The Economy Is Improving. That Means Fewer People Want to Go to College

For the second straight year, the number of people starting college fell in 2013, new government data show, as a recovering job market drew adults away from classrooms and toward paid work. The drop represents the biggest two-year decline in enrollment since before the Great Recession.

Two-year colleges took the greatest hit, seeing enrollment fall 10 percent even as enrollment ticked up 1 percent at four-year colleges, the U.S. Census Bureau reported Wednesday. When the economy is weak, people tend to seek education to improve their prospects or wait out a shaky job market. As jobs return, some who might have chosen college take more readily available opportunities instead. Community colleges and trade schools are particularly vulnerable to this trend, since they’re seen as teaching practical skills and therefore are most in demand when jobs are scarce.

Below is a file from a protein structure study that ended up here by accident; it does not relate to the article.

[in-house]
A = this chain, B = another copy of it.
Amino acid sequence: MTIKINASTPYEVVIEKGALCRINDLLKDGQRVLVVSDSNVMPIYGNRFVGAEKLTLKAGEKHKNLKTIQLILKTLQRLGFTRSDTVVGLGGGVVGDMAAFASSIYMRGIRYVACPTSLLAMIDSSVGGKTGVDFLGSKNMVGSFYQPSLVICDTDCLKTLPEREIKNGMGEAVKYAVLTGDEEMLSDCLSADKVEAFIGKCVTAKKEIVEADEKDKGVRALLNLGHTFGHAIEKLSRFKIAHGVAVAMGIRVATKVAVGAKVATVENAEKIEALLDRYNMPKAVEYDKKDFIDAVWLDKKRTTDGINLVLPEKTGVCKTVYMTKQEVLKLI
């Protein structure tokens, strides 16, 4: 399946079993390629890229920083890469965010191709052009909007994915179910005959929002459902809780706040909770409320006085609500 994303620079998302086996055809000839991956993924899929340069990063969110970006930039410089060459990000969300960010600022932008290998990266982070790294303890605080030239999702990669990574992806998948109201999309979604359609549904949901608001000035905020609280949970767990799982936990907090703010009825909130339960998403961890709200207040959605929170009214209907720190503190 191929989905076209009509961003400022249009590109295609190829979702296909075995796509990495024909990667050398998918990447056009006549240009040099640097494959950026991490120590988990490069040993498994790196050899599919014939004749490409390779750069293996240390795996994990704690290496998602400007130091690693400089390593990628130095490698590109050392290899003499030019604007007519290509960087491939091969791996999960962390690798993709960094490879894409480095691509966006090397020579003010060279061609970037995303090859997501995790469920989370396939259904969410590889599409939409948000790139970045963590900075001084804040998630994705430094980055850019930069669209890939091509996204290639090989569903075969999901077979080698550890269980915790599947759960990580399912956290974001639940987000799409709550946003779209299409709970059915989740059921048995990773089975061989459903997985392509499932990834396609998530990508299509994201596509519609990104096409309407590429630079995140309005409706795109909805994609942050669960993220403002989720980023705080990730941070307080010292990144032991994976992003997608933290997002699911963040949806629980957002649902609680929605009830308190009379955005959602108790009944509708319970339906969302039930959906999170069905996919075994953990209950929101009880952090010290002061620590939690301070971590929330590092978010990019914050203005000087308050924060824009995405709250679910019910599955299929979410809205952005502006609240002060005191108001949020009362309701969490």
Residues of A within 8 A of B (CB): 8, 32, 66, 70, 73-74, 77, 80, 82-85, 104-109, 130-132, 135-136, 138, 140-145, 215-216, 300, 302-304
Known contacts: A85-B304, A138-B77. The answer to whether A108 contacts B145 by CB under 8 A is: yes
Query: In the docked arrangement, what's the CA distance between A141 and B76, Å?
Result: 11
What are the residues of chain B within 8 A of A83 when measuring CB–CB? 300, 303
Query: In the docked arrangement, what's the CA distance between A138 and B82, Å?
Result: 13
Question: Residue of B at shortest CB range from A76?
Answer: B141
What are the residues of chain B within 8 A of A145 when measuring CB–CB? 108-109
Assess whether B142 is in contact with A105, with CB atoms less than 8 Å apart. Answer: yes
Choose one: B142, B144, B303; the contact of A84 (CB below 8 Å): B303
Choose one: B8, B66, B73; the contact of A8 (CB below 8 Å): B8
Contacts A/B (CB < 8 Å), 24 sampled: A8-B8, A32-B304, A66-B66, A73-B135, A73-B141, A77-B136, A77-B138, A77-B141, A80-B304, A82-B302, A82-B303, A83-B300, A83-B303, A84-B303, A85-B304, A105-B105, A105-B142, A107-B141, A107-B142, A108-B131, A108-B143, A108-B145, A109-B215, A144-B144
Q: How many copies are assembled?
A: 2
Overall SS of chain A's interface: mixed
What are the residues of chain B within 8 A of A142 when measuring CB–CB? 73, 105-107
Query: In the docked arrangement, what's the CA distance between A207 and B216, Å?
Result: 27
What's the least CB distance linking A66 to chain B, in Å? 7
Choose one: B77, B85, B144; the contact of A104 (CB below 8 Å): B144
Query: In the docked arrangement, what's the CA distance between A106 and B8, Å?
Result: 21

Enrollment surged at many community colleges around October 2009, when the U.S. unemployment rate climbed to a 26-year high. In fact, higher education more broadly became quite attractive during that time: More students enrolled in college from 2006 to 2011 than in the 10 years leading up to 2006.

In 2013, 463,000 fewer young adults enrolled in college than in 2012, suggesting that the recession-induced enrollment spike is over. While the economy remains weak in some areas, it has begun to pick up steam. The Federal Reserve hinted in recent months that it would slowly raise interest rates from rock bottom as economic indicators, such as jobless claims, consumer confidence, and GDP, point to a slow but steady recovery.

That’s good news for job-seekers but not for tuition-dependent colleges, which could find themselves on the cusp of financial failure if they do not attract enough students.

Other takeaways from the Census Bureau’s numbers: Neither age nor race seemed to make a difference in the latest decline in college enrollment. The drop was equally divided between the young and the old, and enrollment stalled among Hispanic students, black students, and Asian students in 2013.
 
All told, roughly 19.5 million people enrolled in college in 2013.

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